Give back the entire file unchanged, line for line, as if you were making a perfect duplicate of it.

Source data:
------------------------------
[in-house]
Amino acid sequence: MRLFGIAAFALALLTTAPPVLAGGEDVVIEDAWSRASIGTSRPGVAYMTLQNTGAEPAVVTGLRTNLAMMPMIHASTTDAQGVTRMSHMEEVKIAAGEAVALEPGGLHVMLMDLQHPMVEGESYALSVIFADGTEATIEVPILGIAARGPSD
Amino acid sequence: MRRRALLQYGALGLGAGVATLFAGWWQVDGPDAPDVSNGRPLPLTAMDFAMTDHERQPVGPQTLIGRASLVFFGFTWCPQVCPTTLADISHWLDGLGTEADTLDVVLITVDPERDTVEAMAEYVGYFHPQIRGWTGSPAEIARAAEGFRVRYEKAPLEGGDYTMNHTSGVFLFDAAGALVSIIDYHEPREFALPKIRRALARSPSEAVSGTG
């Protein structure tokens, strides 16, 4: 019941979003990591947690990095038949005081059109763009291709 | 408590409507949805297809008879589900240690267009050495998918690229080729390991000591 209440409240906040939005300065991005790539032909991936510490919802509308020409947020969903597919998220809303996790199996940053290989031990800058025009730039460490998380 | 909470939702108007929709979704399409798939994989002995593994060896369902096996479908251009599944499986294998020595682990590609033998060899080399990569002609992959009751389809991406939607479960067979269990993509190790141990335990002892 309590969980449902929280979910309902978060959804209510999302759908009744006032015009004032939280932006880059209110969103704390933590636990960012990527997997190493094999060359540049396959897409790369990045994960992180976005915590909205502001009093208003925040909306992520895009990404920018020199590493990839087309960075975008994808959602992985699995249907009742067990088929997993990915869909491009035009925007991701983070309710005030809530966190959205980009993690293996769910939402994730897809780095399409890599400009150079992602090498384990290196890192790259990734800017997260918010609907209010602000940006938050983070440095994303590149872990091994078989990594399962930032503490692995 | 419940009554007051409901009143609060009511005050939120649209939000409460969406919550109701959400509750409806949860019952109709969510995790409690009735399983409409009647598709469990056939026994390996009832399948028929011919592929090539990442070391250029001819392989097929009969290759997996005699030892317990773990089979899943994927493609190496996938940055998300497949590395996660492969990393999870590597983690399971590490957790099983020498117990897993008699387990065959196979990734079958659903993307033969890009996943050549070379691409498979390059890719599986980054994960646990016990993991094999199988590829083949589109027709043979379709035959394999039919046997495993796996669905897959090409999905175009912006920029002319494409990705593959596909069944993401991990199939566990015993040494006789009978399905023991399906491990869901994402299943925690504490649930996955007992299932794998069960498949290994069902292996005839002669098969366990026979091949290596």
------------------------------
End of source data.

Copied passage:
[in-house]
Amino acid sequence: MRLFGIAAFALALLTTAPPVLAGGEDVVIEDAWSRASIGTSRPGVAYMTLQNTGAEPAVVTGLRTNLAMMPMIHASTTDAQGVTRMSHMEEVKIAAGEAVALEPGGLHVMLMDLQHPMVEGESYALSVIFADGTEATIEVPILGIAARGPSD
Amino acid sequence: MRRRALLQYGALGLGAGVATLFAGWWQVDGPDAPDVSNGRPLPLTAMDFAMTDHERQPVGPQTLIGRASLVFFGFTWCPQVCPTTLADISHWLDGLGTEADTLDVVLITVDPERDTVEAMAEYVGYFHPQIRGWTGSPAEIARAAEGFRVRYEKAPLEGGDYTMNHTSGVFLFDAAGALVSIIDYHEPREFALPKIRRALARSPSEAVSGTG
């Protein structure tokens, strides 16, 4: 019941979003990591947690990095038949005081059109763009291709 | 408590409507949805297809008879589900240690267009050495998918690229080729390991000591 209440409240906040939005300065991005790539032909991936510490919802509308020409947020969903597919998220809303996790199996940053290989031990800058025009730039460490998380 | 909470939702108007929709979704399409798939994989002995593994060896369902096996479908251009599944499986294998020595682990590609033998060899080399990569002609992959009751389809991406939607479960067979269990993509190790141990335990002892 309590969980449902929280979910309902978060959804209510999302759908009744006032015009004032939280932006880059209110969103704390933590636990960012990527997997190493094999060359540049396959897409790369990045994960992180976005915590909205502001009093208003925040909306992520895009990404920018020199590493990839087309960075975008994808959602992985699995249907009742067990088929997993990915869909491009035009925007991701983070309710005030809530966190959205980009993690293996769910939402994730897809780095399409890599400009150079992602090498384990290196890192790259990734800017997260918010609907209010602000940006938050983070440095994303590149872990091994078989990594399962930032503490692995 | 419940009554007051409901009143609060009511005050939120649209939000409460969406919550109701959400509750409806949860019952109709969510995790409690009735399983409409009647598709469990056939026994390996009832399948028929011919592929090539990442070391250029001819392989097929009969290759997996005699030892317990773990089979899943994927493609190496996938940055998300497949590395996660492969990393999870590597983690399971590490957790099983020498117990897993008699387990065959196979990734079958659903993307033969890009996943050549070379691409498979390059890719599986980054994960646990016990993991094999199988590829083949589109027709043979379709035959394999039919046997495993796996669905897959090409999905175009912006920029002319494409990705593959596909069944993401991990199939566990015993040494006789009978399905023991399906491990869901994402299943925690504490649930996955007992299932794998069960498949290994069902292996005839002669098969366990026979091949290596």